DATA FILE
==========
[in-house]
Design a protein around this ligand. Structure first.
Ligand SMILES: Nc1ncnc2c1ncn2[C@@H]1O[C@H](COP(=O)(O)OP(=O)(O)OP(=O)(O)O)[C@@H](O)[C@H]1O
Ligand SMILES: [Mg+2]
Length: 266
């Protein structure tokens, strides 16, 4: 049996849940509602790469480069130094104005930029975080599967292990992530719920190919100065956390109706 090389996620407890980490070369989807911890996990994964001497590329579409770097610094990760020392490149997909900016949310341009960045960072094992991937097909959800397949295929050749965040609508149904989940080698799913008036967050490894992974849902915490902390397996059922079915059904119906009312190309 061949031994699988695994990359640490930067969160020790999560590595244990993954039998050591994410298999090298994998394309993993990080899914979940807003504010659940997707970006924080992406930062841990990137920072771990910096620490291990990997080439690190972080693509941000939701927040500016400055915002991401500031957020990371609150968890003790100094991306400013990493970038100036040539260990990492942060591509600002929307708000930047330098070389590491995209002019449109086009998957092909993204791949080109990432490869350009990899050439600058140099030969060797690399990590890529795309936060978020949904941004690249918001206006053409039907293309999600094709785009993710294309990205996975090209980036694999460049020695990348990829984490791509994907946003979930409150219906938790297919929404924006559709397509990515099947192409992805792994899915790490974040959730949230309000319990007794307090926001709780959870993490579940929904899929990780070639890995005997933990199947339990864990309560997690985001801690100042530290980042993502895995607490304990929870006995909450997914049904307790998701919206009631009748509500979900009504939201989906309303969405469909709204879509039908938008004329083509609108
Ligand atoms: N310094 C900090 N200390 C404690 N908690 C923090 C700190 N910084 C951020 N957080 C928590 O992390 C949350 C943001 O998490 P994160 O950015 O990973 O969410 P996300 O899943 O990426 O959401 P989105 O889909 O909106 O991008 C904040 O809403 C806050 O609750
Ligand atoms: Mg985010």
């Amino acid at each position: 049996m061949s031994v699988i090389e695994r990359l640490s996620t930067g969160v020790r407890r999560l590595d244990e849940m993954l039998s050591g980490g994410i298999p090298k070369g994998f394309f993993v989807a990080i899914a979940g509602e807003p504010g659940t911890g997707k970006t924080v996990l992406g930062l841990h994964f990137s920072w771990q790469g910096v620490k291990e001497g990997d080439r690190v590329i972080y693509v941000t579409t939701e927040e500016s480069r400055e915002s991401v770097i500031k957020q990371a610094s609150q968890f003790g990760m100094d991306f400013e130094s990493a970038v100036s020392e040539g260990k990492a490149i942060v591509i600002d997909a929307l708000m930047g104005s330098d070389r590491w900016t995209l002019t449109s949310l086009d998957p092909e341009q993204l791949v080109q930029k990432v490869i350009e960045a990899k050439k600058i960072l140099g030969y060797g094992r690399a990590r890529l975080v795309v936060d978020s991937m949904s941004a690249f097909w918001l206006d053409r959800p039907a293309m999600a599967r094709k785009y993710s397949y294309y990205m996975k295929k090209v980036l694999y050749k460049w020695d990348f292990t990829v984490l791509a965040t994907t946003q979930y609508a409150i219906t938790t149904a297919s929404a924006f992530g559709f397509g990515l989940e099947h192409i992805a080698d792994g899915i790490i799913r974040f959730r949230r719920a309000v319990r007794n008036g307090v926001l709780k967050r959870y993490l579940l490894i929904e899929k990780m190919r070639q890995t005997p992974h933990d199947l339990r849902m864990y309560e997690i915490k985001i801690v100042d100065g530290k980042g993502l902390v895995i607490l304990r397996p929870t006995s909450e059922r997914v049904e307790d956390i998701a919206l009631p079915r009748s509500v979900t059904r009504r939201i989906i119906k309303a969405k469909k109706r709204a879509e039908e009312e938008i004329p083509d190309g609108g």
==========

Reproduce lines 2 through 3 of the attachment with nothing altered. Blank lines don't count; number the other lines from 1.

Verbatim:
Design a protein around this ligand. Structure first.
Ligand SMILES: Nc1ncnc2c1ncn2[C@@H]1O[C@H](COP(=O)(O)OP(=O)(O)OP(=O)(O)O)[C@@H](O)[C@H]1O